After clearing and terracing the Kawaihau lands, the team put together a roller mill at Kapaa and began planting cane. Subsequently, in 1879, Capt. Makee died in Honolulu.

In 1881, Col. Spalding bought Kalakaua’s share in the Makee Sugar Company and by 1886 — having eventually purchased Makee’s one-third stake from his heirs — owned the company outright. Also in 1881, he negotiated with Ernest Krull, a cattleman who lived on the mauka side of Anahola, for the purchase of 12,000 acres extending between the Anahola and Kapaa streams for $60,000, on which he started the Kealia Sugar Plantation.

By the early 1880s the Valley House, a spectacular Victorian-style wooden mansion, was completed and recognized as one of the finest residences in the Islands. Early accounts of the property describe it as, “a simply but stately structure in an almost idyllic setting. About it are guesthouses, a tennis court and a spacious lawn leading down from the house to a lily pond. From the gardens extend the camphor tree and eucalyptus tree walks. The swimming pool is surrounded by exotic tropical plants and a splendid array or orchids.”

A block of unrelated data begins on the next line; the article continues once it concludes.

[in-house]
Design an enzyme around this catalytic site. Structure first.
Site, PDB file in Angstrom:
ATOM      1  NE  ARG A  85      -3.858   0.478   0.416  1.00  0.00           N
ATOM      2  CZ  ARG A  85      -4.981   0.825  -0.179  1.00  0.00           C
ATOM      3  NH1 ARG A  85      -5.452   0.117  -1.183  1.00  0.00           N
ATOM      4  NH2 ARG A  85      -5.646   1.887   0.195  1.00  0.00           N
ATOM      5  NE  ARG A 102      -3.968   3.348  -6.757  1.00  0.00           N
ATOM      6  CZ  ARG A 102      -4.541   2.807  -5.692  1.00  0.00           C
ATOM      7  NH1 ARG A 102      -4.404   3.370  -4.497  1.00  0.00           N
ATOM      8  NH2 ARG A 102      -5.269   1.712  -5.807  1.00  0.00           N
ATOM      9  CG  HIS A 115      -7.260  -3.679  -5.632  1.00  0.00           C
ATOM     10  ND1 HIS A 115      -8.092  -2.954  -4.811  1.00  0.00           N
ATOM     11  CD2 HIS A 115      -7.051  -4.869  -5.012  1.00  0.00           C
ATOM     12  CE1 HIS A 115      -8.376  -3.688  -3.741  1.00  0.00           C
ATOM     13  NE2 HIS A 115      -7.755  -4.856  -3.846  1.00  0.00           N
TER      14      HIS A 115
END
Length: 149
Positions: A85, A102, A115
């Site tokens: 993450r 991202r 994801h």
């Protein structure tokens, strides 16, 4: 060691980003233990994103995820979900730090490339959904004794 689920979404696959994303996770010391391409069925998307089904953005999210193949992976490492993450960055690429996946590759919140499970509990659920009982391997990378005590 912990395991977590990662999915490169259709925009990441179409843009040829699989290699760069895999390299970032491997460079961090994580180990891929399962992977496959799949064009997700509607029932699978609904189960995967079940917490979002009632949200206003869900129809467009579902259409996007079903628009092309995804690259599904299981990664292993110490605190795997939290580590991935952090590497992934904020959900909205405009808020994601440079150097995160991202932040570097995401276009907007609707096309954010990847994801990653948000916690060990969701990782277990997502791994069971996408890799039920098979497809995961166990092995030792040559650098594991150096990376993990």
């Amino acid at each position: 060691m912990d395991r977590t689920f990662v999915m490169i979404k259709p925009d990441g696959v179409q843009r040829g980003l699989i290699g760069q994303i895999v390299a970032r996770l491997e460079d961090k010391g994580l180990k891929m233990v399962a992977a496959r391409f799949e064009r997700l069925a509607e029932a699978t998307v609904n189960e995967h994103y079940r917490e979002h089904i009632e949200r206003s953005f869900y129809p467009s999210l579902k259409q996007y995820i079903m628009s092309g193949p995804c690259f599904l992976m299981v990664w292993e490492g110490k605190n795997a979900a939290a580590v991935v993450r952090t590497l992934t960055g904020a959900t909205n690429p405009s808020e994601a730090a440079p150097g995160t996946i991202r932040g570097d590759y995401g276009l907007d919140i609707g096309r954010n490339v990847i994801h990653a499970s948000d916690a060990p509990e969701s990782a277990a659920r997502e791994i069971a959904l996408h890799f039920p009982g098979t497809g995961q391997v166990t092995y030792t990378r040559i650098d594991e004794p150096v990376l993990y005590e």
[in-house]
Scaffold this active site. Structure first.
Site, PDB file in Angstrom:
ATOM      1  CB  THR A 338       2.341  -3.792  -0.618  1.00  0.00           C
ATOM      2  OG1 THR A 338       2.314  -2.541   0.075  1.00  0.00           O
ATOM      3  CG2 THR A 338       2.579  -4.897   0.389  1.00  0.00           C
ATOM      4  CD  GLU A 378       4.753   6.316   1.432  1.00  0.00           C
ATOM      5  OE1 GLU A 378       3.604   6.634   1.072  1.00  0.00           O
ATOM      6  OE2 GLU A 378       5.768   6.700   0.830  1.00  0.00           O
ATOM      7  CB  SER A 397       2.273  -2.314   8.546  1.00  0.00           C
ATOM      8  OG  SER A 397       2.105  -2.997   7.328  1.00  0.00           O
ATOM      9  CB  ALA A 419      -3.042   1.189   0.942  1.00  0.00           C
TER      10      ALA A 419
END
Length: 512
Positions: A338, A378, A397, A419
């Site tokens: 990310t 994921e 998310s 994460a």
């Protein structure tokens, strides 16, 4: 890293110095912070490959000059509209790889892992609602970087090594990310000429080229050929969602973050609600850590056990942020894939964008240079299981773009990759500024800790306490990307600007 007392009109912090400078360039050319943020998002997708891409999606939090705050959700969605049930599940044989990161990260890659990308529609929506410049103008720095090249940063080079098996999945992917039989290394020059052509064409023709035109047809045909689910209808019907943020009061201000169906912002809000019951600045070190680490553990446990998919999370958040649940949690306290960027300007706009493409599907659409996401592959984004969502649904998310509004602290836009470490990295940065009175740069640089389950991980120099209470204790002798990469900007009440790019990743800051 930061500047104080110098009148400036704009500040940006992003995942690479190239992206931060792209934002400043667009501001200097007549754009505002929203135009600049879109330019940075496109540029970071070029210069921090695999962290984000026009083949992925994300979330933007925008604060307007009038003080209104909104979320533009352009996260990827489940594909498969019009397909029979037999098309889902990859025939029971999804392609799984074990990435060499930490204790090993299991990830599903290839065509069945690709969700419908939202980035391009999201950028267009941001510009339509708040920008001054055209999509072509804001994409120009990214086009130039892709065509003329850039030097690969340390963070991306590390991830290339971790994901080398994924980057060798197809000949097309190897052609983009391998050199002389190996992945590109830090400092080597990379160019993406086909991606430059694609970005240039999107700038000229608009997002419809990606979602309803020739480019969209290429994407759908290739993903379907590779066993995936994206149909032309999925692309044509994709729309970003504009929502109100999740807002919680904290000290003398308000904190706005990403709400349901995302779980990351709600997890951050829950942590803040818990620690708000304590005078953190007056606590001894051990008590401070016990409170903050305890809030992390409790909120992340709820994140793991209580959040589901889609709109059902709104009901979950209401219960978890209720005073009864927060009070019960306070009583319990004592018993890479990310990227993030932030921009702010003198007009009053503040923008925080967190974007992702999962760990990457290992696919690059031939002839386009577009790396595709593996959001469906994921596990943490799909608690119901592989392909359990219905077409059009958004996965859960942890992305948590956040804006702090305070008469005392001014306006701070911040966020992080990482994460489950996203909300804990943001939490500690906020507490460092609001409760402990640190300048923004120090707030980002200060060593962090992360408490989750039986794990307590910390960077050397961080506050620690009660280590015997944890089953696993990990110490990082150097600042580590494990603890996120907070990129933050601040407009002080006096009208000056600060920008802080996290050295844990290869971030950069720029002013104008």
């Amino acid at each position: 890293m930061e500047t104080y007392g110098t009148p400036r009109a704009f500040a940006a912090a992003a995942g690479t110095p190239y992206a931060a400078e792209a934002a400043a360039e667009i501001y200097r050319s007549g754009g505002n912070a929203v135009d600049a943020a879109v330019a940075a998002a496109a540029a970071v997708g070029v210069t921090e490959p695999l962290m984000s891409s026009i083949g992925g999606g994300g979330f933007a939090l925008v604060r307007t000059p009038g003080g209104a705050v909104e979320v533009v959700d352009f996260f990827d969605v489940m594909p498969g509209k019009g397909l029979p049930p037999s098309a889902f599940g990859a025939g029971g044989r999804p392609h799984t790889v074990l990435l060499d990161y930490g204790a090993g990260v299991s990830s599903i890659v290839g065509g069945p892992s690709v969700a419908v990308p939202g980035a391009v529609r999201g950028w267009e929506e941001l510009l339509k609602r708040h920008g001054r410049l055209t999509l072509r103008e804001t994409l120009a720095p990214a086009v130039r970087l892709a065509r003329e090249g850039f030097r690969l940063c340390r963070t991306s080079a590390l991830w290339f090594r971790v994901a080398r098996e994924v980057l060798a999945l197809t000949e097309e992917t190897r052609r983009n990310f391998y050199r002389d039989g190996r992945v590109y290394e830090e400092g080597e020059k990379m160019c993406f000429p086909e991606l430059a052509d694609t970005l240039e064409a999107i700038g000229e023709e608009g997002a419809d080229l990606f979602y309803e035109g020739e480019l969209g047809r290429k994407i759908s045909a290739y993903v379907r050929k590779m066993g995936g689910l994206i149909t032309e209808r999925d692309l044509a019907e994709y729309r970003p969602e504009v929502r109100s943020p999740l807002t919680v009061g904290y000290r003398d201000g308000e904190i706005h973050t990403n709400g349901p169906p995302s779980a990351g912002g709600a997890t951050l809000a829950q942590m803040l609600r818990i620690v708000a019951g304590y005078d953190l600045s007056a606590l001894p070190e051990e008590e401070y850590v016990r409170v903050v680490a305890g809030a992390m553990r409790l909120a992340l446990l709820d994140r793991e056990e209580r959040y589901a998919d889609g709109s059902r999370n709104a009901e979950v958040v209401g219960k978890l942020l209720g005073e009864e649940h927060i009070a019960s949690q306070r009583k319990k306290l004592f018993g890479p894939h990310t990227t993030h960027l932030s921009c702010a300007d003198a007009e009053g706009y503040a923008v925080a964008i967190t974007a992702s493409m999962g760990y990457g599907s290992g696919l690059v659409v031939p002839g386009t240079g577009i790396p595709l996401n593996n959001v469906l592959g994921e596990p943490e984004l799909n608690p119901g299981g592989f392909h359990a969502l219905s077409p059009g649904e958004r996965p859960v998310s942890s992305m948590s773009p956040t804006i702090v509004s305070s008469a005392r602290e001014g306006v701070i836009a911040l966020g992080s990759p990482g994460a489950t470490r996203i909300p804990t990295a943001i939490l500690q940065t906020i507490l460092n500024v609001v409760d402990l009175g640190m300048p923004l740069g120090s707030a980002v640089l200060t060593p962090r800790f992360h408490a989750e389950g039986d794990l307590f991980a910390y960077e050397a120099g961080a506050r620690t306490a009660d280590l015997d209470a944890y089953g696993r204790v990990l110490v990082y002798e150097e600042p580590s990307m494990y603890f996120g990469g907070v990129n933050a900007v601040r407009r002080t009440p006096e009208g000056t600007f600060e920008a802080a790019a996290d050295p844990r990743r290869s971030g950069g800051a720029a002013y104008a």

It was amongst those shaded camphor and eucalyptus trees that Col. Spalding and King Kalakaua would spend much time meandering about, reflecting on the sugar cane business and sharing life philosophies.

The Construction of the Original Valley House and Internationally Influenced Development of its Surrounding Property

Amongst the many wonders of the estate at the time, perhaps one of the most admired was its self-sufficiency. The Valley House Estate generated its own electricity from the water spilling down from Mt. Waialeale, the wettest place on earth and the life source of Kauai’s verdant landscapes.